This community-based population study included 3325 participants (1597 male and 1728 female). Baseline characteristics of participants by SUA quartile are presented in table 1. The values of the mean age, SBP, DBP, BMI, triglyceride, HDL, LDL, creatinine and eGFR were significantly lower in Q1 than in Q2–Q4. The proportion of participants, who were in diuretic use and diagnosed with HTN or dyslipidaemia were higher in the highest quartile (Q4) compared with Q1–Q3. Also, there were a higher proportion of alcohol drinkers in Q4 than in Q1–Q3.
The prevalence of PEAS
Table 2 shows the overall prevalence of PEAS. In this study, the prevalence of PEAS was 24.2%. This study showed that an increase in SUA level significantly increases the prevalence of PEAS (p<0.0001). The prevalence of PEAS increased from Q1 to Q4 from 12.3% to 29.8% in VA and from 2.8% to 5.8% in CCA, respectively. The proportion of PEAS relative to the detected number of AS was lower in Q1 than in Q2–Q4 (figure 2).
SUA increases the risk of PEAS
We used the logistic regression model to analyse the risk of prevalent PEAS. The OR for PEAS was analysed in each SUA quartile, with the first quartile serving as the reference group. The association between SUA levels and the prevalence of PEAS is presented in table 3. Participants in the highest SUA quartile had a significantly increased risk of PEAS. This association persisted even after adjusting for potential confounding factors, including age, sex, eGFR, smoking, alcohol use and diuretic use. Compared with participants in the first quartile, the OR (95% CI) for the subjects in Q2, Q3 and Q4 were 1.369 (1.058 to 1.772), 1.393 (1.070 to 1.813) and 1.878 (1.430 to 2.465), respectively (p for trend <0.0001). The same relationship between the SUA and PEAS remained, even after adjusting for statin use, BMI, HTN and dyslipidaemia. The OR in model 3 was slightly decreased compared with model 2. We also observed a similar dose–response association between SUA levels and the prevalence of VAS after adjusting for potential confounders.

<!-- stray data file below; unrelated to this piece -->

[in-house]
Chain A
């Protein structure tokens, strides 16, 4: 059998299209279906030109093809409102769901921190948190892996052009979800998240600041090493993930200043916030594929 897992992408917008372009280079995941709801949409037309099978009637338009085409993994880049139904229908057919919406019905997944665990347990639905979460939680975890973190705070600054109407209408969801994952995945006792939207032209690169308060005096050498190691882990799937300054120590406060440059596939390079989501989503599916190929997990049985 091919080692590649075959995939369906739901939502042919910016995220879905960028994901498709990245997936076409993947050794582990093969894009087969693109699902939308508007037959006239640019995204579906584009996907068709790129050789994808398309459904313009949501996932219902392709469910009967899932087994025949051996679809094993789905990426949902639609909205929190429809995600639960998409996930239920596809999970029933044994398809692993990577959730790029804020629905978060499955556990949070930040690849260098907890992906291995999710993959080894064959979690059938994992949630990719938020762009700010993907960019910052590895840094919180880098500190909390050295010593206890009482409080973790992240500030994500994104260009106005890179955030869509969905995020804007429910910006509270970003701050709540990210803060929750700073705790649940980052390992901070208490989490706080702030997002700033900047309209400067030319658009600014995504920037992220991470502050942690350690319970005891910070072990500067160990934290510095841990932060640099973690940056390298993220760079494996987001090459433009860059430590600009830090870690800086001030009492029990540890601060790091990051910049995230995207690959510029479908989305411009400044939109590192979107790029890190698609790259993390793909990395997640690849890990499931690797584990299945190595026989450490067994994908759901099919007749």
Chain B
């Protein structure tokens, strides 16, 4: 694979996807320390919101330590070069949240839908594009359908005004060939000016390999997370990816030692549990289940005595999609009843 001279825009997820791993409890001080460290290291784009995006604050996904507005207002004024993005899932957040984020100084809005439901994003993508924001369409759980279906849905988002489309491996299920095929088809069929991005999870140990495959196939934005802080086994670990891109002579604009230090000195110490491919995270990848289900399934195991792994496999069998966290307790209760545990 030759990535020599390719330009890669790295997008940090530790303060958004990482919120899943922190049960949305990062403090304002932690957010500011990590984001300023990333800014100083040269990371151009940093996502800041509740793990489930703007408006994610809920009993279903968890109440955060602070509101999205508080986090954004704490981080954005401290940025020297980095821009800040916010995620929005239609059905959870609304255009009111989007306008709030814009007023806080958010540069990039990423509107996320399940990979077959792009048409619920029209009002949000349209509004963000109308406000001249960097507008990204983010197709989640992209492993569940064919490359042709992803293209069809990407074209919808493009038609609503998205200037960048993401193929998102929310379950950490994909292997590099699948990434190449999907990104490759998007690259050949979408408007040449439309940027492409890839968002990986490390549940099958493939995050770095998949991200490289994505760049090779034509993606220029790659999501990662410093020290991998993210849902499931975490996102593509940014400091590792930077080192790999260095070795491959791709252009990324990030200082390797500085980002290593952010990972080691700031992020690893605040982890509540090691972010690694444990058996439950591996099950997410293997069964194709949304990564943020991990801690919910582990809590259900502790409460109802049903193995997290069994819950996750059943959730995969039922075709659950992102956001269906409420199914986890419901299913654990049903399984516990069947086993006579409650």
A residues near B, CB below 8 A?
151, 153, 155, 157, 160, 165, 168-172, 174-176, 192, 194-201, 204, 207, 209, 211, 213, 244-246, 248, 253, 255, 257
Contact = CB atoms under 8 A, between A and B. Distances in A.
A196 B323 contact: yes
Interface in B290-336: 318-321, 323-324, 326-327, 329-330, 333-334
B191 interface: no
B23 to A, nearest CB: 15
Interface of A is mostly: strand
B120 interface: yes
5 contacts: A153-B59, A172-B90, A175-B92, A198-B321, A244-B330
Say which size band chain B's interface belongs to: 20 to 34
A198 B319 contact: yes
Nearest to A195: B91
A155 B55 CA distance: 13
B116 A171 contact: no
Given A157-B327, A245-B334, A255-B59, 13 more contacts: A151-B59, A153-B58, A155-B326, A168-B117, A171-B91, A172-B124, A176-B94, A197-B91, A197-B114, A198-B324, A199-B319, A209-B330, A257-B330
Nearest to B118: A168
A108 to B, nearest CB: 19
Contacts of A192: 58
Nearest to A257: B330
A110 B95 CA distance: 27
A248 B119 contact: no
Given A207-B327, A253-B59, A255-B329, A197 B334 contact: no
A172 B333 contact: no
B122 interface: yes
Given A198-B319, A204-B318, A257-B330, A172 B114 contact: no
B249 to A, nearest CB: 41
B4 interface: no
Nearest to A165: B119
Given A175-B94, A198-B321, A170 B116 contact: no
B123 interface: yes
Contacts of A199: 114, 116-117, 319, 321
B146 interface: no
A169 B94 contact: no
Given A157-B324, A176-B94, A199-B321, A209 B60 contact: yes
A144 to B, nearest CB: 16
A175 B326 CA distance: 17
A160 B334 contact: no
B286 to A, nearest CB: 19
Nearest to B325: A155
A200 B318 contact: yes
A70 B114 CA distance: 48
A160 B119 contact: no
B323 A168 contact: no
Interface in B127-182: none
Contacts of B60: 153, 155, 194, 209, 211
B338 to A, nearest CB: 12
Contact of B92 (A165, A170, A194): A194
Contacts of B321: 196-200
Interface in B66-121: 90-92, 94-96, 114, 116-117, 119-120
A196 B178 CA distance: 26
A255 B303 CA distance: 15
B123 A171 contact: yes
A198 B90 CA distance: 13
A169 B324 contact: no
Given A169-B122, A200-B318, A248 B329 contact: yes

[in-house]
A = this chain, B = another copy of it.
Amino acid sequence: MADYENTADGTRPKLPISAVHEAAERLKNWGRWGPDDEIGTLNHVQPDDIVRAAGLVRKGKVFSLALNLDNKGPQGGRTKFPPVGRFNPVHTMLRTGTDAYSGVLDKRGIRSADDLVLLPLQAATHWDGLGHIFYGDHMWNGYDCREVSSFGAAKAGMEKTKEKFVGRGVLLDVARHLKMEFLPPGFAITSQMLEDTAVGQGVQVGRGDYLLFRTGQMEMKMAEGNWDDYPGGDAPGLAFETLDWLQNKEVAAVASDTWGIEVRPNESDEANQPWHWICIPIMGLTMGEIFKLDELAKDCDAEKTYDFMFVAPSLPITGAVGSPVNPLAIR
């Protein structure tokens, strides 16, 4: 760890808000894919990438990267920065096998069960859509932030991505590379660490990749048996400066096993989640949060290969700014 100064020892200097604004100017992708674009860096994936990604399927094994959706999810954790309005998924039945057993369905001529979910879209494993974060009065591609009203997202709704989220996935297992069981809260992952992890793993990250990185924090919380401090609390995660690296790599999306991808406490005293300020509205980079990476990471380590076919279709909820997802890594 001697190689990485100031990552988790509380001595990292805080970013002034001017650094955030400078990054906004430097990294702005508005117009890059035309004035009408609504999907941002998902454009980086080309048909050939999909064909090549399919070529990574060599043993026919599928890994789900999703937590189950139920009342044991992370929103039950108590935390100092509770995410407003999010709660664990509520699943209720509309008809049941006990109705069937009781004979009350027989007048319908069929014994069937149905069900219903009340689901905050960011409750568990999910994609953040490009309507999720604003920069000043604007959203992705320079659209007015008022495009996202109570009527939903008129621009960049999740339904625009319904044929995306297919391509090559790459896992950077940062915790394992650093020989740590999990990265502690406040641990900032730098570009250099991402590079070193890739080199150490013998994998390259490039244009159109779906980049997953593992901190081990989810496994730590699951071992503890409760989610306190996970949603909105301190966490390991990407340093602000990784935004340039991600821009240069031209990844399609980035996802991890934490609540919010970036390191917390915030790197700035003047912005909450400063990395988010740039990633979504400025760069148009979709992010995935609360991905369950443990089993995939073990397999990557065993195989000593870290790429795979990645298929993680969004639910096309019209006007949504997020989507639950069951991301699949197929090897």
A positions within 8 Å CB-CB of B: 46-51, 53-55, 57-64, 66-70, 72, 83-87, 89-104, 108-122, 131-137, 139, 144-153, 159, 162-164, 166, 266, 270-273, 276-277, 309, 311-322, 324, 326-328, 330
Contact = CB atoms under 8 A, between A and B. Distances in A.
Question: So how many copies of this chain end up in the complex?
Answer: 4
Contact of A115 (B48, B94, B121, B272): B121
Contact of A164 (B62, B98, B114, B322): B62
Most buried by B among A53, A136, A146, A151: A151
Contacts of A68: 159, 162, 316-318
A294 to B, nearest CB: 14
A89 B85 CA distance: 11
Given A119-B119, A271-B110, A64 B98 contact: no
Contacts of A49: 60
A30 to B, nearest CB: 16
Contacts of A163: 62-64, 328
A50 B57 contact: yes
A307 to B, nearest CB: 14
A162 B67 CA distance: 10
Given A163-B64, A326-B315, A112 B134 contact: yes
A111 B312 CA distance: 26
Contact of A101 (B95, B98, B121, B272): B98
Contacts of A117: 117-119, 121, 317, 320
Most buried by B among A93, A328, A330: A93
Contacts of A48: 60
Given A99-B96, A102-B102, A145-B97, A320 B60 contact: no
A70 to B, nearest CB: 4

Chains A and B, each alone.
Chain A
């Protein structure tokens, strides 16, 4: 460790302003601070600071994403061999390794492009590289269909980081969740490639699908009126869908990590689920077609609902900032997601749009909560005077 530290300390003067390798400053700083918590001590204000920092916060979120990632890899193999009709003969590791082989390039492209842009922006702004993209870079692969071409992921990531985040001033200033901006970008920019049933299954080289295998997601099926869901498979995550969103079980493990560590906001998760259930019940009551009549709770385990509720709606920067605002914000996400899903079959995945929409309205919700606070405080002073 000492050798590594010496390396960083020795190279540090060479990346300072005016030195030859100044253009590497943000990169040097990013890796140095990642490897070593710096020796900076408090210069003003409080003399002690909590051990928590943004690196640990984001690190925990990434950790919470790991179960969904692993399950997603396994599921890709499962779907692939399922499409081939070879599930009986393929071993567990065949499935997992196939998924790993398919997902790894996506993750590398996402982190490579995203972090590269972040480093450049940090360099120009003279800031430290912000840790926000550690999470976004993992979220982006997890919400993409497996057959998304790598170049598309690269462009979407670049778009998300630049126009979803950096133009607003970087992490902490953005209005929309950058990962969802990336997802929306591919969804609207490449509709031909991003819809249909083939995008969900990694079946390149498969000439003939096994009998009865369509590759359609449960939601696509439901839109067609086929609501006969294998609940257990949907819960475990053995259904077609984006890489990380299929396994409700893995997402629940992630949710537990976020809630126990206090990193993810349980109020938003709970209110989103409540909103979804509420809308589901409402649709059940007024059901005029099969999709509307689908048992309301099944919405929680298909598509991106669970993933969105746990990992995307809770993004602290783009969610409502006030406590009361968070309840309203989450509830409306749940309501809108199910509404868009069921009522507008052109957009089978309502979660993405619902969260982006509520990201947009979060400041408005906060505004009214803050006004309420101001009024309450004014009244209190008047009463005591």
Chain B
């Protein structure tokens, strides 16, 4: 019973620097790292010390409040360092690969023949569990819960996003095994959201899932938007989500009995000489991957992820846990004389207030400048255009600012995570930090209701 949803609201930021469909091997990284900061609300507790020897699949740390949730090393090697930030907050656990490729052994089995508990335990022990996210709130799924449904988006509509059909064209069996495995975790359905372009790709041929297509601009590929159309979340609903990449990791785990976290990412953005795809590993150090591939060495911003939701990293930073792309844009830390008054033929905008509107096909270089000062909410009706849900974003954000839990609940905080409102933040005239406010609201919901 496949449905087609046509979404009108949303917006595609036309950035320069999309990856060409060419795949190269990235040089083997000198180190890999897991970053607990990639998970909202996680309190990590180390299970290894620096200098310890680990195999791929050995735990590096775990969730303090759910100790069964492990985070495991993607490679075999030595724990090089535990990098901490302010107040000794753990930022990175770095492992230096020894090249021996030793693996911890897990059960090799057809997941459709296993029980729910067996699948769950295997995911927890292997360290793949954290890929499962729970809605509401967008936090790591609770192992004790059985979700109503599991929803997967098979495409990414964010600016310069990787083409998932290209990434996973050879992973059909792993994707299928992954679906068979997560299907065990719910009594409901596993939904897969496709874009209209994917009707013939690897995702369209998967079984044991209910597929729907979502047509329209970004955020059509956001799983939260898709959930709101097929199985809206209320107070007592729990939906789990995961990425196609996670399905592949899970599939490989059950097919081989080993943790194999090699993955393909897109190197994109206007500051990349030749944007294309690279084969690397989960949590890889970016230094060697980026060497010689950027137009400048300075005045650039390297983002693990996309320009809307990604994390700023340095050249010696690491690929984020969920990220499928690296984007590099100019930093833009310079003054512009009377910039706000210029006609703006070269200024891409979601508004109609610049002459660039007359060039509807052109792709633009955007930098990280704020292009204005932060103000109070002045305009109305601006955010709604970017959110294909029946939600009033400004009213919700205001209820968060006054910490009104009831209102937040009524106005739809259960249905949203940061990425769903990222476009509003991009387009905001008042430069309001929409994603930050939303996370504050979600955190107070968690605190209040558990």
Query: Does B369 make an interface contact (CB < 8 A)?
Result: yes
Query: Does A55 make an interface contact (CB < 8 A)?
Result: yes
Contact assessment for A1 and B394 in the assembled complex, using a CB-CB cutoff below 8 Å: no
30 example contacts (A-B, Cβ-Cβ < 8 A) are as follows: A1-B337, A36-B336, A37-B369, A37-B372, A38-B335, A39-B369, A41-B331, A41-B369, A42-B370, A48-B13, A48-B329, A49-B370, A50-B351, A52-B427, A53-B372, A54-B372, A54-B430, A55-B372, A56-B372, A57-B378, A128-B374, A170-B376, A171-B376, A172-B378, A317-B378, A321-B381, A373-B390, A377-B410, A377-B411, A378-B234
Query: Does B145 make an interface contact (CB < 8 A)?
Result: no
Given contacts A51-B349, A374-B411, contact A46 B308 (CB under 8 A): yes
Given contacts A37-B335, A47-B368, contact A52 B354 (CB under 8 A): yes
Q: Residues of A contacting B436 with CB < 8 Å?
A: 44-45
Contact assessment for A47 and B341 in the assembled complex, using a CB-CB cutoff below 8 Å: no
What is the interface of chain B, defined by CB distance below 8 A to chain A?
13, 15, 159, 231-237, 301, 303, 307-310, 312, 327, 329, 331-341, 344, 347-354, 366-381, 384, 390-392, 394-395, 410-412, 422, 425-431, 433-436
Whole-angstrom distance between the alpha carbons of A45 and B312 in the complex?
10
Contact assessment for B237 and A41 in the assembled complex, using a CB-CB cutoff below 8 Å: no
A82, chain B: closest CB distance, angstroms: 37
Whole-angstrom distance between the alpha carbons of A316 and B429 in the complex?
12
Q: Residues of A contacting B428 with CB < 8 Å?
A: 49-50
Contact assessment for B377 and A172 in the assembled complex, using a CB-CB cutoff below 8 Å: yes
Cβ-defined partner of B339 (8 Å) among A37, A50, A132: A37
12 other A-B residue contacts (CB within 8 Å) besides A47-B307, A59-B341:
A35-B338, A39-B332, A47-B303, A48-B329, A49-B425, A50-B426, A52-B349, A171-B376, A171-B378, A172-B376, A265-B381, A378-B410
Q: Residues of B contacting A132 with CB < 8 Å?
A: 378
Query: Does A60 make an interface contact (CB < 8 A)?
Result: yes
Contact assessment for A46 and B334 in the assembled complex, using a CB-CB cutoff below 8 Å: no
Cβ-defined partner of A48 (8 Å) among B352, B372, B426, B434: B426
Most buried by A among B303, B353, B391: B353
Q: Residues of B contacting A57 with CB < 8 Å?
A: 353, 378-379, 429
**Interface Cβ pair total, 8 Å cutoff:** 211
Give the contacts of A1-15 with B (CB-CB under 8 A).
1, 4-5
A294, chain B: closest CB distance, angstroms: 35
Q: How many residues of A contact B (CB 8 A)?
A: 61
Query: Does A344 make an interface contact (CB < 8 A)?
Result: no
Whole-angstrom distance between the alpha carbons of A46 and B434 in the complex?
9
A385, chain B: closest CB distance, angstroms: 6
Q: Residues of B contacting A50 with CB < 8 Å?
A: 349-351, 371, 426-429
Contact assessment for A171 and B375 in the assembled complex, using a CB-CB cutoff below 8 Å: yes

When we ran models using age, sex, eGFR, smoking, alcohol use and diuretics use (model 2 in table 3), we found almost identical associations of SUA levels and incident PEAS risk. When we further adjusted for age, sex, eGFR, smoking, alcohol use, diuretics use, statins use, BMI, HTN and dyslipidaemia, the significant relationship between incremental SUA and PEAS remained constant but the relevance attenuated (model 3 in table 3).
Several previous studies suggested that SUA was associated with AS,8 12 40 but no study investigated the association between SUA and PEAS. The findings of this community-based study consolidated the association between the SUA and the risk of PEAS. Those participants with a high SUA concentration had a greater likelihood of having PEAS. The logistic regression analysis shows that those subjects with SUA concentrations in the fourth quartile were significantly associated with a higher risk of PEAS after adjusting for the confounders.
In the past, VAS has been considered as an uncommon condition with a benign prognosis37; however, VA was the most frequently affected artery in our study (20.3%). In a study that includes autopsies of 339 patients who suffered from fatal strokes, proximal extracranial atherosclerosis occurred more frequently in the proximal VA (12.7%) compared with the CCA (5.3%).9 According to the Oxford Vascular Study , stenosis of the proximal VA was more prevalent than CCA (26.2% vs 11.5%).14 Moreover, a retrospective study about the prevalence of VAo stenosis and occlusion in outpatient cases (includes 2490 extracranial duplexes) reported that the prevalence of lesions located in the origin of VA was 8%, which they stated as higher than the expected prevalence of VAS.29 In our study, the high prevalence of VAS in relation to SUA can be explained based on the following two reasons. First, is that the AS definition considered a wide range of stenosis proportion. The previous studies defined stenosis as ≥75%, while the current study defined stenosis as ≥50%. Second, VAS may be affected by the clinical characteristics of the participants (oilfield population who had a large proportion of HTN (43.9%) and dyslipidaemia (61.4%)). The differences between extracranial artery stenosis locations could be related to differences in vascular risk factors and vascular sensitivity.41 Previous studies indicated that SUA levels and parameters of inflammation were higher in patients with slow coronary flow than controls.42 Moreover, VA is much smaller (diameter: 3–4 mm)43 and more twisted44 than CA (diameter: 6–8 mm)45 and I/SA (diameter: 6–10 mm).46 This predominance of VA stenosis may be related to specific patterns of shear stress and disturbed flow caused by the vessel diameter and curvature.47